In case you can’t tell, the first half of this film is an unsubtle reference to Johar’s Kuch Kuch Hota Hai. Seriously bro? And in case the audience hasn’t been insulted enough, Shahrukh’s character is arranged to be married to Naina, who is played by none other than….you guessed it….Rani Mukherji!! And it doesn’t help that Bachchan’s character is constantly hitting on Rani Mukerji. Like creepy much???
Anyway, Shahrukh marries Kajol. Amitabh kicks them both out. And the fat kid grows up to be Hrikrik Roshan, which is a pretty remarkable deal if you ignore the sixth finger on his left hand. In the second half the film, Roshan initiates a quest to unite the family. During his journey, he meets Pooja, his childhood friend, who is now a total skank played by Kareena Kapoor. The rest of the film is quite a head-smacking ride so enjoy!
3) Rang De Basanti
Six years before the premiere of Satyamev Jayate and Aamir Khan is still cultivating his socially-conscious activist persona. In 2006, a new generation took the world by storm: The Millenials. As Millennials, we perceive ourselves to be social activists and we need movies that cater to our need for controversial hot topics and current issues. So, here’s Rang De Basanti!
Rang De Basanti opens with a British filmmaker named Sue who travels to India to make a documentary concerning the revolutionaries, led by ‘Shahid’ Bhagat Singh, who, according to her grandfather who served as a jailer for the Imperial Police in colonial India, retained smiles on their faces while hanging from the gallows. After being eve-teased by thirsty locals, Sue meets with her friend Sona at the University of Delhi, who introduces four of her male friends, suitable to play the roles of the revolutionaries.
Let’s take a minute to talk about ‘Shahid’ Bhagat Singh. Although he is hailed as a ‘youth icon’, Bhagat Singh was nothing more than a violently-prone moron who should be ridiculed for his stupidity. In an attempt to avenge the death of radical freedom fighter, Lala Lajput Rai, Bhagat Singh and his companions resolved to assassinate James Scott, the superintendent of police. Instead, they unintentionally killed John Saunders, the assistent superintendent because all White men look alike. Bhagat Singh actually didn’t witness the blows endured by Lala Lajput Rai but he sought revenge anyway. And he didn’t regret killing the wrong person because its all the same cause, comrade.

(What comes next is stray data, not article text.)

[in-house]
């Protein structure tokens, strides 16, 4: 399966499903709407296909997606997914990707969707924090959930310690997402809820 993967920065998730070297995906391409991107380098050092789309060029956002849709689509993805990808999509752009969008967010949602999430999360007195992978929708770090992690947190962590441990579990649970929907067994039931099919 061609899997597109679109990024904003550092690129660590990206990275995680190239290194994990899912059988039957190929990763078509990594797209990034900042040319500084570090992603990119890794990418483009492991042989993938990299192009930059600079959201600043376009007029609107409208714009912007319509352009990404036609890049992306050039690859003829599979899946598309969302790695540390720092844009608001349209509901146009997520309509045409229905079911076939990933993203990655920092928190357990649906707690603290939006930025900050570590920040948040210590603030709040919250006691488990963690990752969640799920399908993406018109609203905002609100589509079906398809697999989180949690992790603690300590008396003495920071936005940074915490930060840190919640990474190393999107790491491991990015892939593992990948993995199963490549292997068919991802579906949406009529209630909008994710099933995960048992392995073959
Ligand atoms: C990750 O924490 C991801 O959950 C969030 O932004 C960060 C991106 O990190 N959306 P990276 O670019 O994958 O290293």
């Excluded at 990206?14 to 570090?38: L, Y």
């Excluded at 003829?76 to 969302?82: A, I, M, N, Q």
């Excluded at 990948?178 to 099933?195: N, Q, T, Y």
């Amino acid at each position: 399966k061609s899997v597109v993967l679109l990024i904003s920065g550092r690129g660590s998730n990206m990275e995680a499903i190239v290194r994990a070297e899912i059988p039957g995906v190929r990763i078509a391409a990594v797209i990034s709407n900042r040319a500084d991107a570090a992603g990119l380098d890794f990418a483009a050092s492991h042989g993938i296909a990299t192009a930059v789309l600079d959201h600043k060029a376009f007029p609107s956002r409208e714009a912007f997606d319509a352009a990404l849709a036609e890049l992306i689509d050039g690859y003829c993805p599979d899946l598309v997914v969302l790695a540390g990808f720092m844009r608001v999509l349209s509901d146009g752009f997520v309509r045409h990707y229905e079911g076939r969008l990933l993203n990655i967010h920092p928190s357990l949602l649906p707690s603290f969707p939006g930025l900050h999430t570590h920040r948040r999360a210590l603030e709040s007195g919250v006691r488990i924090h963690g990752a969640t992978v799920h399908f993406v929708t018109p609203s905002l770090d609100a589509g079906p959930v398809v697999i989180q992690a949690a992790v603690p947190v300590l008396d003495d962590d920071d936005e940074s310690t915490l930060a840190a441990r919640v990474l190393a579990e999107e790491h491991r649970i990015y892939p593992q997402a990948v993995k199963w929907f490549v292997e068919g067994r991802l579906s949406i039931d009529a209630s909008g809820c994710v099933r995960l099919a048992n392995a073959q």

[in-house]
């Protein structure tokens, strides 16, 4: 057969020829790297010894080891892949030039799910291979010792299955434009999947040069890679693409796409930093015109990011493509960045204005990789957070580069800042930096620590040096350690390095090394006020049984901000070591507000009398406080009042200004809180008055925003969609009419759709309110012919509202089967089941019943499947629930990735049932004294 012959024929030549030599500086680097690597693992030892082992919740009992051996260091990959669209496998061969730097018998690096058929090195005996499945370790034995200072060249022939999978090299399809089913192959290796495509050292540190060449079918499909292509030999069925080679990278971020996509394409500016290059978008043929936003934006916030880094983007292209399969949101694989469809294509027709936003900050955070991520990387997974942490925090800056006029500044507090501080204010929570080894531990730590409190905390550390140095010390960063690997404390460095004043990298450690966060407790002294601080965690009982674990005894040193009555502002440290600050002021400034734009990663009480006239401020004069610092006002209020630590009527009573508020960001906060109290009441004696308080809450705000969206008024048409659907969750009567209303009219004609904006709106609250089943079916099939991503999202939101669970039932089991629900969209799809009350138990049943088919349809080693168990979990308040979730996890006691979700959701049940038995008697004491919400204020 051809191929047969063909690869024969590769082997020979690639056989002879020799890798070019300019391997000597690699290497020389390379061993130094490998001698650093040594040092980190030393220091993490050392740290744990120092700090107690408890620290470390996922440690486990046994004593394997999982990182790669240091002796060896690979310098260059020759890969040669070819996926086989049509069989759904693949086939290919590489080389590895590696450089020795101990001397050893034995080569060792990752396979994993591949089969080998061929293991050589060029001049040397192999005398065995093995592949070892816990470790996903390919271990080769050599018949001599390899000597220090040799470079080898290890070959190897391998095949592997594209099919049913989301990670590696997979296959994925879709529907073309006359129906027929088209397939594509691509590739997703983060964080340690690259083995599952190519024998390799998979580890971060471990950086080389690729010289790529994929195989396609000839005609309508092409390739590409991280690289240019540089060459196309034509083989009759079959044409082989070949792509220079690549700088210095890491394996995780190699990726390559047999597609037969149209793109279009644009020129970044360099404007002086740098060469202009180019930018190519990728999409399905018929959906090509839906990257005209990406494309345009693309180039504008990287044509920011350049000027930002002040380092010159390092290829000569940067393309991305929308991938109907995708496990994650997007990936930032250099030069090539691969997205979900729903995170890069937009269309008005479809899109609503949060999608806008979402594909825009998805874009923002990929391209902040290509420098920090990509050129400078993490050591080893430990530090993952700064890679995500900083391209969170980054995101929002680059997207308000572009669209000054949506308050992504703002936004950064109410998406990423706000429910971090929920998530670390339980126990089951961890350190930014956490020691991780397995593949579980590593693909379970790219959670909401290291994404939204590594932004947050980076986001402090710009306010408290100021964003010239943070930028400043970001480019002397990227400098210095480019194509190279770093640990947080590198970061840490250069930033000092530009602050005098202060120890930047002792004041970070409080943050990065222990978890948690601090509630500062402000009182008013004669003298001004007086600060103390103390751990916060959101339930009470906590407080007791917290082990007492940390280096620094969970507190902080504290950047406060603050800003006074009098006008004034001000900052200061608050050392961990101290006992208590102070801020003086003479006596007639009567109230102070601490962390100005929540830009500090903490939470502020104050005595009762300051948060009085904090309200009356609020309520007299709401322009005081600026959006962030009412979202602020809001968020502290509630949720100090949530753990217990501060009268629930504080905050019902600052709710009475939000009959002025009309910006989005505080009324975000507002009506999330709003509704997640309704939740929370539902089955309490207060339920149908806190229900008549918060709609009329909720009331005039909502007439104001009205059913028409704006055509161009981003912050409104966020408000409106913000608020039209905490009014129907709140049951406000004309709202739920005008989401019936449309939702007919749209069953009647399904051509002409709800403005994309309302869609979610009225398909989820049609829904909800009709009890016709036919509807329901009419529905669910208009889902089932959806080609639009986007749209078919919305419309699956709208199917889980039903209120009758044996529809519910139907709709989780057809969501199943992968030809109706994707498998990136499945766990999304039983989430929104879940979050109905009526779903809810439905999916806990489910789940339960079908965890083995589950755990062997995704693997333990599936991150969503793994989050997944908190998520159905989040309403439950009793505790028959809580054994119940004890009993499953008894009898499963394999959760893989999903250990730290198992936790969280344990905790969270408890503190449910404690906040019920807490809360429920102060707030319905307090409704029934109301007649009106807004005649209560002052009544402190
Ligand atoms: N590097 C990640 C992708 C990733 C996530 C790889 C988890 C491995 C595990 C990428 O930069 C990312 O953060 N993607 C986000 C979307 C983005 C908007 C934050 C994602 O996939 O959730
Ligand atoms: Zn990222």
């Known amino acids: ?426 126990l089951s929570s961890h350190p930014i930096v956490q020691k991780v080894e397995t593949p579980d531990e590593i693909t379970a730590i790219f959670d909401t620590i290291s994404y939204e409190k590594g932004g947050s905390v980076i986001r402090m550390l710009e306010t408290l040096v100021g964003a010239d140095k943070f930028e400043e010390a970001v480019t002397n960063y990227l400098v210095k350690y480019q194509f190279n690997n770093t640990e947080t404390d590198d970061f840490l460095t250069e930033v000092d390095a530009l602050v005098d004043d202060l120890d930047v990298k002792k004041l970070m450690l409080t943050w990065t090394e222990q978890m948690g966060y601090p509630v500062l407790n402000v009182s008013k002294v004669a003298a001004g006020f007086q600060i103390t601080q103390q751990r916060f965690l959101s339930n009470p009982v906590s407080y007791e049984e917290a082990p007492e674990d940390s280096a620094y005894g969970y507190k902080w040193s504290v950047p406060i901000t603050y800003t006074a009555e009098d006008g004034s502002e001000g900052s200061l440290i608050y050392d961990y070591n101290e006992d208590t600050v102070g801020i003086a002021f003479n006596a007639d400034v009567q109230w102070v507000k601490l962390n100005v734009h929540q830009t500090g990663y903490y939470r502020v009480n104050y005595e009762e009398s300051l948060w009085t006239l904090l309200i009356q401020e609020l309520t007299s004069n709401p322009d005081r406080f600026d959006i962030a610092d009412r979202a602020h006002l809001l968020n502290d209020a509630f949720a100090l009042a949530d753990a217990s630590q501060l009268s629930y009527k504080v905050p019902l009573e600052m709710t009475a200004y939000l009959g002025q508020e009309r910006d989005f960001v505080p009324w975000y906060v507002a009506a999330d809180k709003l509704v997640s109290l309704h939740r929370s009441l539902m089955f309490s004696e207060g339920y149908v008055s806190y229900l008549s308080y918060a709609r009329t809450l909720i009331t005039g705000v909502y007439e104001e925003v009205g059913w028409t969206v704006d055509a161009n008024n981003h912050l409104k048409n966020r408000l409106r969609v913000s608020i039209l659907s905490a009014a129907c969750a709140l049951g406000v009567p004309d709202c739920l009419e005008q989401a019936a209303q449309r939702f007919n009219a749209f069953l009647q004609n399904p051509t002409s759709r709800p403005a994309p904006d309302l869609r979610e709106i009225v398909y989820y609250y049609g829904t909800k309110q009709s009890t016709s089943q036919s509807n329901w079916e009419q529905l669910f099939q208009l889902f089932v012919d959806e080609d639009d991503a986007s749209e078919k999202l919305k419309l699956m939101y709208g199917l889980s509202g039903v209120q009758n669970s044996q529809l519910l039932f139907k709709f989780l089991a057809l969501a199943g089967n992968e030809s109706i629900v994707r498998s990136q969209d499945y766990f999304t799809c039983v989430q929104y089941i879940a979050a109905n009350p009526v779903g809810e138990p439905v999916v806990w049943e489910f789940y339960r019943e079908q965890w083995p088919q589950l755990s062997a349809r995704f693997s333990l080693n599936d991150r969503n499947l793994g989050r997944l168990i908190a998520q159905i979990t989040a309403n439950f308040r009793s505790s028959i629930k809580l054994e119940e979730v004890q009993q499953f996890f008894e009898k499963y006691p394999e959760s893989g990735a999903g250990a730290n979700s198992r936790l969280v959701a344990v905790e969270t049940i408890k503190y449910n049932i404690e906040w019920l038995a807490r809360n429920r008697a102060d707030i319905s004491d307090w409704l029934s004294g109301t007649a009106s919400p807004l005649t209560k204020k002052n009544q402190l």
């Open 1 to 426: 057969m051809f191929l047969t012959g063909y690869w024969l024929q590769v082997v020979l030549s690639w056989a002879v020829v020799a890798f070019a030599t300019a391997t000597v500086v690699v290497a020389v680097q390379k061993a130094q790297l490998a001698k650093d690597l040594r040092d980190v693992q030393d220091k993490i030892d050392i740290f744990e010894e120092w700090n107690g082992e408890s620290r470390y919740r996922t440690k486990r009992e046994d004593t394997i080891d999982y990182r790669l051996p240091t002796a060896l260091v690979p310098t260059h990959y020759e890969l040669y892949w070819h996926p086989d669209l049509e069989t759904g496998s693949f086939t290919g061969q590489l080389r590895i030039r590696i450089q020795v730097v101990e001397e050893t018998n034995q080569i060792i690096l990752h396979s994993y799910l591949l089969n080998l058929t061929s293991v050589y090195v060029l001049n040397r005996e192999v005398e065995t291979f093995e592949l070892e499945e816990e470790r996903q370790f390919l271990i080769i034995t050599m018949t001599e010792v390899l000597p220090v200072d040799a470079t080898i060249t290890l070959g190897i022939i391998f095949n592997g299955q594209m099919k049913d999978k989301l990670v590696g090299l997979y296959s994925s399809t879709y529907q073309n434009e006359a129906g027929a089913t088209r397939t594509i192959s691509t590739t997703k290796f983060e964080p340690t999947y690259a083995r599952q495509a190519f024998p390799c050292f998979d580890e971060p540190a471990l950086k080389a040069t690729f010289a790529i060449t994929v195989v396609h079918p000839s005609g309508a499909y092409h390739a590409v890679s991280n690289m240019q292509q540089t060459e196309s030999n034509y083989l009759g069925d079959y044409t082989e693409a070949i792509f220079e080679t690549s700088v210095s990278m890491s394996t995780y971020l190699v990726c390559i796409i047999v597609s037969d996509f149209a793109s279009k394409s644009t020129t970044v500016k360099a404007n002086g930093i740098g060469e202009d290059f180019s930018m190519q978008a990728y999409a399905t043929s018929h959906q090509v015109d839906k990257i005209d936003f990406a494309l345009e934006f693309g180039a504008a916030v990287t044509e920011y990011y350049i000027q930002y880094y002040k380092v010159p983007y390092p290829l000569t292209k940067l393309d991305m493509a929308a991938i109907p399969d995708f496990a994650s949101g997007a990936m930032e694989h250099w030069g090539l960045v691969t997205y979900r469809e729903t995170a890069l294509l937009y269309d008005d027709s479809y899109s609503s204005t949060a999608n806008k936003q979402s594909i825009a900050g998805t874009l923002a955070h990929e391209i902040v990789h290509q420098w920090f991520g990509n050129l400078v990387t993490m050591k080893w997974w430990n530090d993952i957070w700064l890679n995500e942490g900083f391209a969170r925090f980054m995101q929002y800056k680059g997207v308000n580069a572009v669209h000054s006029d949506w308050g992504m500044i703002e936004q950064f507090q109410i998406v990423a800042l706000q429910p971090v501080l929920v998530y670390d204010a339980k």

This film glorifies violence. This movie misleads impressionable young viewers that in order to change the system, you have to throw rocks at the establishment! India is a democracy. A dysfunctional democracy…but a democracy nevertheless. You want to change the system? You want to change the country? Then why don’t you invest more time in studying and earn a Law degree. Join the bar and open your own law practice. Or better yet, apply for a position in the Indian Administrative Services (which would definitely require more studying). Maybe run as an MP and join the Parliament. And use your influence to enact laws that would improve the country. That’s what those idiots in that movie should have done.
2) 3 Idiot
I don’t disapprove of the message promoted by 3 Idiots. After all, one should pursue a
degree based on personal ambition rather than parental/societal expectations. And yes, the hyper competitiveness in Indian universities is counterproductive, instigating high rates of suicides in hostels.
It’s one thing to have a strong message. However, there is the matter of delivering that message. From the contrived romantic subplot between Rancho and Pia to that horrendous baby delivery with a vacuum cleaner scene, the direction was atrocious. The film’s overreliance on Aamir Khan’s stardom inhibited basic character development. There was no chemistry between any of the leading players. The dialogues were pretentious and sanctimonious. The overall flow of the plot was extremely awkward. So in short, good message, bad movie
My criticism of 3 Idiots could be applied to PK. It’s refreshing to see Indian filmmakers brave enough to tackle a topic held dear by the majority of their country’s population. In a nation contaminated with opportunistic ‘babas’, superficial rituals, regressive caste trends, and beef bans, rationalism and freethought should definitely be promoted in India
And what better way to do so than through cinema?
Unfortunately, everything about this particular movie was cringeworthy at best. Examples of poor filmmaking include the laughable depiction of an incoming spaceship (apparently, Hindi movies are still 50 years behind in the Sci-Fi department), a contrived and nauseatingly cliched romantic subplot, Aamir Khan bulging eyes (because apparently that’s an accurate portrayal of an alien), and an excessive amount of unnecessary low-brow, potty humor.
Ever since Rajkumar Hirani started collaborating with Aamir Khan, his movies have become intolerably preachy. Let’s compare 3 Idiots and PK with the Munna Bhai series. Munna Bhai wasn’t exactly what you would call ‘high-brow’. In fact, two films consisted of immature slapstick comedic gags. But unlike PK and 3 Idiots, those films didn’t take themselves seriously. They didn’t scream the message at the audience, delivering it in most sanctimonious manner. The flow of the screenplay worked its way towards the moral of the story, rather than have Aamir Khan preach from the pulpit every fifteen minutes!!
And what exactly was the message in PK? For a preachy film, its sermon was more incoherent than a Pat Robertson’s anecdotes! It disparages religion yet strongly affirms the existence of God based on…….?
Obviously the filmmaker need something to appeal to the ever-growing ‘spiritual but not religious’ (whatever the fuck that means) millennial base.